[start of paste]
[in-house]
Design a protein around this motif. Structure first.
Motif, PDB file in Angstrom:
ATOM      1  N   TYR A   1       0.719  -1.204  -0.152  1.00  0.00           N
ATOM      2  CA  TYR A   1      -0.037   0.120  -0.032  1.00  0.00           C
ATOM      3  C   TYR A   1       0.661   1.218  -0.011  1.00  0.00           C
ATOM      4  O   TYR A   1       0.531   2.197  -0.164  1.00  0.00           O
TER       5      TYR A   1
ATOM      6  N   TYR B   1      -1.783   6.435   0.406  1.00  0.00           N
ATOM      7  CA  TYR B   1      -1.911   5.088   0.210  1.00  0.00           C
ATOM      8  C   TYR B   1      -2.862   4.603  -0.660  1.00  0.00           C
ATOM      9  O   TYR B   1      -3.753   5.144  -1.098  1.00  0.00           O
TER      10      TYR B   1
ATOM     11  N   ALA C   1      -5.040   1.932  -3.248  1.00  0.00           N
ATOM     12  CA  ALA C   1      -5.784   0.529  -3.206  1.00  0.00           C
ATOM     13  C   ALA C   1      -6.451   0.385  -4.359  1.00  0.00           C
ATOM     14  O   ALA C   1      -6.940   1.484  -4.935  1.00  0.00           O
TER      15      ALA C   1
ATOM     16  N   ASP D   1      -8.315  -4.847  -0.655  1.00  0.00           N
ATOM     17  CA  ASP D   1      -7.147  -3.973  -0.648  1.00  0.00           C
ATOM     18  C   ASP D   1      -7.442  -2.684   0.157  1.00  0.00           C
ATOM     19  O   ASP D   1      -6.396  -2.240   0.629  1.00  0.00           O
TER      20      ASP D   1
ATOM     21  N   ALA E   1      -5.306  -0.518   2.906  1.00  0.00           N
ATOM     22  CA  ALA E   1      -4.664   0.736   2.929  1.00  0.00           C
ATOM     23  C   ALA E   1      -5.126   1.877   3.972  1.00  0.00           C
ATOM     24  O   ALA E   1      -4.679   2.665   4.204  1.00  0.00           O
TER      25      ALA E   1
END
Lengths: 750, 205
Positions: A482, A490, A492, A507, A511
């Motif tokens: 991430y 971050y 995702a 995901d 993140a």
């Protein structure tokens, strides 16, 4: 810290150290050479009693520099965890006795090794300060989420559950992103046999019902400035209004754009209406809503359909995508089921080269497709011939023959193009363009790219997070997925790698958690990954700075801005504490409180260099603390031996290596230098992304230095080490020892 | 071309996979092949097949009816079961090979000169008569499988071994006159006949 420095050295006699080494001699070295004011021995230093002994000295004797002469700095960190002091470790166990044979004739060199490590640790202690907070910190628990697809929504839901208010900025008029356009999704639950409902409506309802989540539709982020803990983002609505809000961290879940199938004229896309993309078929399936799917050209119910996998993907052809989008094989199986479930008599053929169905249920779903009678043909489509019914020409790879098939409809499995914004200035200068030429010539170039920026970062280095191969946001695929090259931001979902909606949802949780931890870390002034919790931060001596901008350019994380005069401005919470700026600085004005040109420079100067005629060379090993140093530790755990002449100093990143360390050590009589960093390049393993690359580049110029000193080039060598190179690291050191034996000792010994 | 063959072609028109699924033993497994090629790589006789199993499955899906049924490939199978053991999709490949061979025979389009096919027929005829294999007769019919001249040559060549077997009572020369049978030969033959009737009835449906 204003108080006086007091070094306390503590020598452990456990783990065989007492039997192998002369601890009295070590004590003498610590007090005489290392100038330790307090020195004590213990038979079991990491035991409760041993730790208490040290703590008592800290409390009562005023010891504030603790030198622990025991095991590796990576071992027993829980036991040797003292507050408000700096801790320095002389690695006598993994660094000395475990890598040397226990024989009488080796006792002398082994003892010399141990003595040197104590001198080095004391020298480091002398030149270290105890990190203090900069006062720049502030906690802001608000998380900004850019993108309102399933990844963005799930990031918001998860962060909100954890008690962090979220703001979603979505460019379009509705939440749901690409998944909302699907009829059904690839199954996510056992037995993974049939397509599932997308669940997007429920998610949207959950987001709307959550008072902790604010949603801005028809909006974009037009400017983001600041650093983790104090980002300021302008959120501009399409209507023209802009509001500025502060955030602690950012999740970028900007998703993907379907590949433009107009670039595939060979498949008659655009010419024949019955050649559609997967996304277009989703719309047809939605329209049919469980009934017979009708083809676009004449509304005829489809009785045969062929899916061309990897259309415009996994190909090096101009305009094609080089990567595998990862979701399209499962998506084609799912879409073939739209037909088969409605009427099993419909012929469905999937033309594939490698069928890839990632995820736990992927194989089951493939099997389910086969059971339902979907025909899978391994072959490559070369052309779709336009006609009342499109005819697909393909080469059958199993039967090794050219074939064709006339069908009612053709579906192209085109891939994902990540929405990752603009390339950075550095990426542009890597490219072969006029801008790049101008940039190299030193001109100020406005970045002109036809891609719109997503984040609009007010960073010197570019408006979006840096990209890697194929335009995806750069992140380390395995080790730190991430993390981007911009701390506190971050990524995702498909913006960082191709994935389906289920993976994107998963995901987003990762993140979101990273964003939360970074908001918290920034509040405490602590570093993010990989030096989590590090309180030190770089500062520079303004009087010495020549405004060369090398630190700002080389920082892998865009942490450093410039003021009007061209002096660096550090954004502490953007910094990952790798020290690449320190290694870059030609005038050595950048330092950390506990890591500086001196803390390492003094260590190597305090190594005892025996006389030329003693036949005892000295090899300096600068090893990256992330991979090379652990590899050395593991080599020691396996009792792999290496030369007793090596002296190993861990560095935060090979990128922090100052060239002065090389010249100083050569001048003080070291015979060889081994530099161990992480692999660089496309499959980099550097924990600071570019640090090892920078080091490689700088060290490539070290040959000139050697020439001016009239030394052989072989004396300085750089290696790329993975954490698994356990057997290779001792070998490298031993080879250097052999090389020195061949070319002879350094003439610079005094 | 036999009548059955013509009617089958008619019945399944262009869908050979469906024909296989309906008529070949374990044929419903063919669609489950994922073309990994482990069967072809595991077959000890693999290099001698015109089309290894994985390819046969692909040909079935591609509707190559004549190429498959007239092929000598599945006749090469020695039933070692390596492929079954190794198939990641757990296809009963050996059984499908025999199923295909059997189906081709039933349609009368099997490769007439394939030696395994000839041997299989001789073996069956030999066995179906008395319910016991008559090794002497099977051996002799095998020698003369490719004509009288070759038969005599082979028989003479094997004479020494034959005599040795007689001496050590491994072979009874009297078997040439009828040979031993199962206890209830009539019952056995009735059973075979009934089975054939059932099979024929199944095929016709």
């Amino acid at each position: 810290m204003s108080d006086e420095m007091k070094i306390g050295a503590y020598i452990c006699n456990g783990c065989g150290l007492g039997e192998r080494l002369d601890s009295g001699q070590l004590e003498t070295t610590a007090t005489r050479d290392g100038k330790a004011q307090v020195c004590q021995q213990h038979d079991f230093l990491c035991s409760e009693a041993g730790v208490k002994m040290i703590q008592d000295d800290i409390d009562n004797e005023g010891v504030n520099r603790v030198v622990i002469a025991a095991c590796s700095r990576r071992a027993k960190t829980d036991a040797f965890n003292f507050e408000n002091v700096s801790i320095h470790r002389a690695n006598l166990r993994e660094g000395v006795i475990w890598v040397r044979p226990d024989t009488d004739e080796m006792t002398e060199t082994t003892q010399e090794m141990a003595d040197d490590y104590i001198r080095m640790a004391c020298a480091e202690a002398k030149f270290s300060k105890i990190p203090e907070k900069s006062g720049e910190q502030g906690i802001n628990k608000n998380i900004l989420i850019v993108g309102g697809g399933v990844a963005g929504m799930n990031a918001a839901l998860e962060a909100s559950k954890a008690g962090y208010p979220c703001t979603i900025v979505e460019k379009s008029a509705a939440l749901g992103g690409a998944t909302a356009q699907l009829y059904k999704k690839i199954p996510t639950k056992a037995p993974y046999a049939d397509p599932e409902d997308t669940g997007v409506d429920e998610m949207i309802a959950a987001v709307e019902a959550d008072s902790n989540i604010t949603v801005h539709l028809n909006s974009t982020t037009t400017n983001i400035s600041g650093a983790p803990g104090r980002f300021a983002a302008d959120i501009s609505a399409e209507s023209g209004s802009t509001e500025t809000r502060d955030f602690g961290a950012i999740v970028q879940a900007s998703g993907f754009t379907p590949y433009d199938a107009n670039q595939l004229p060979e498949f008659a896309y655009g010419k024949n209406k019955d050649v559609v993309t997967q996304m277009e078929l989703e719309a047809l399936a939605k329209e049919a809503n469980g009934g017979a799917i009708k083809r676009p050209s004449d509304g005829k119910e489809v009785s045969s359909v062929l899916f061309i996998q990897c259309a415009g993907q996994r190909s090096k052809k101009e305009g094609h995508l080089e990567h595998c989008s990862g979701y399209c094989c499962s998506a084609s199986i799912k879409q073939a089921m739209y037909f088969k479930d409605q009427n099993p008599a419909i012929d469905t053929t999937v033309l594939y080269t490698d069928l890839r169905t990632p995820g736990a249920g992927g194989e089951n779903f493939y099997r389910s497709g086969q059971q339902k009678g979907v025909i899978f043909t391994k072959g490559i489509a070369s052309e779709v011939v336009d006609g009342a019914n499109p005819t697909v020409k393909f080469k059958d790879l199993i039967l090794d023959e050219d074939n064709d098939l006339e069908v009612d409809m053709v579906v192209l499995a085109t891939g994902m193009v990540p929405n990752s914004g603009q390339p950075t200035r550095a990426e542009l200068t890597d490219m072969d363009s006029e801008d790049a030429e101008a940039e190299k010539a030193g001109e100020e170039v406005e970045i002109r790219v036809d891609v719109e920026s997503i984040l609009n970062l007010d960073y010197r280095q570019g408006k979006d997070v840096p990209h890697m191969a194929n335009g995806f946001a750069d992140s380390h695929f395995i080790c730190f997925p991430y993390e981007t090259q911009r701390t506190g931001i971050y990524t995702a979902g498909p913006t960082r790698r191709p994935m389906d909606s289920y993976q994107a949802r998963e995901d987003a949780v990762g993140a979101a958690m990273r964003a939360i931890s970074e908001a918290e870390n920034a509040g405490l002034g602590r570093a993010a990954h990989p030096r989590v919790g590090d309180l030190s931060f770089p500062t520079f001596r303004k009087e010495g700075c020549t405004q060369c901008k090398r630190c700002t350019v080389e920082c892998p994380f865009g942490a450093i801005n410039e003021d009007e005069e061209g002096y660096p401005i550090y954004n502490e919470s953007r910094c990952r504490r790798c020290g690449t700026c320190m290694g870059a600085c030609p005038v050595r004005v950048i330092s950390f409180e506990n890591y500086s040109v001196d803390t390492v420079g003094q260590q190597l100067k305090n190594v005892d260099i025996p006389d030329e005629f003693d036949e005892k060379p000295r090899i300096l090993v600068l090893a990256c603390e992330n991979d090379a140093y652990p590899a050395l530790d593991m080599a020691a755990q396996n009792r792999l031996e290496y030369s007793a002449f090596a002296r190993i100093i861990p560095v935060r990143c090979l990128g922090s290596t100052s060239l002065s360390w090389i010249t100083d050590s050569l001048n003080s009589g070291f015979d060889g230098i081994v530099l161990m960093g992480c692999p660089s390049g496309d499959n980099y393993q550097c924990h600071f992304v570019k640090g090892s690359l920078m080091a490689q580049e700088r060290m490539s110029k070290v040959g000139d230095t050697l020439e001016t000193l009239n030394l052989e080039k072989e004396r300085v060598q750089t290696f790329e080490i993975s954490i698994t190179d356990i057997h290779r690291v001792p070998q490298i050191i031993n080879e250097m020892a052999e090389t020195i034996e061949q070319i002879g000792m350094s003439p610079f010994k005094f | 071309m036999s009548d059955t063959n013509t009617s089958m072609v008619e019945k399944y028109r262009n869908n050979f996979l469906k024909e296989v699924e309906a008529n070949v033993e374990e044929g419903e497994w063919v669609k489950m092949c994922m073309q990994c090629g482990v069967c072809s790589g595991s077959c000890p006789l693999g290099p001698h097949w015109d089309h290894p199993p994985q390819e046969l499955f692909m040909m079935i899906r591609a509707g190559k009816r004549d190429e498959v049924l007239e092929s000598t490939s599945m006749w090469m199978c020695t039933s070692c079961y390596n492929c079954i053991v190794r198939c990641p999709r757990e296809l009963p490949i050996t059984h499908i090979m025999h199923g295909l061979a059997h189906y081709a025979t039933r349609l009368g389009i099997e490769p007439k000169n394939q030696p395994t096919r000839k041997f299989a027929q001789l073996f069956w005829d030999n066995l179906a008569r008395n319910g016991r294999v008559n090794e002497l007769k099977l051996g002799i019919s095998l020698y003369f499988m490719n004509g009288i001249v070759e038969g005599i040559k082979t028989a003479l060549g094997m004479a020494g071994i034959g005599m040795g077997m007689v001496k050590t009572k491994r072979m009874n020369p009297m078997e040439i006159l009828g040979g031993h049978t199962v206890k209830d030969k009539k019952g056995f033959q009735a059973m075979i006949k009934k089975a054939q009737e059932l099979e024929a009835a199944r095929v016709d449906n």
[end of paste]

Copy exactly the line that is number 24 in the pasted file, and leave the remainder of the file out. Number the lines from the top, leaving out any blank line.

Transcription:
ATOM     21  N   ALA E   1      -5.306  -0.518   2.906  1.00  0.00           N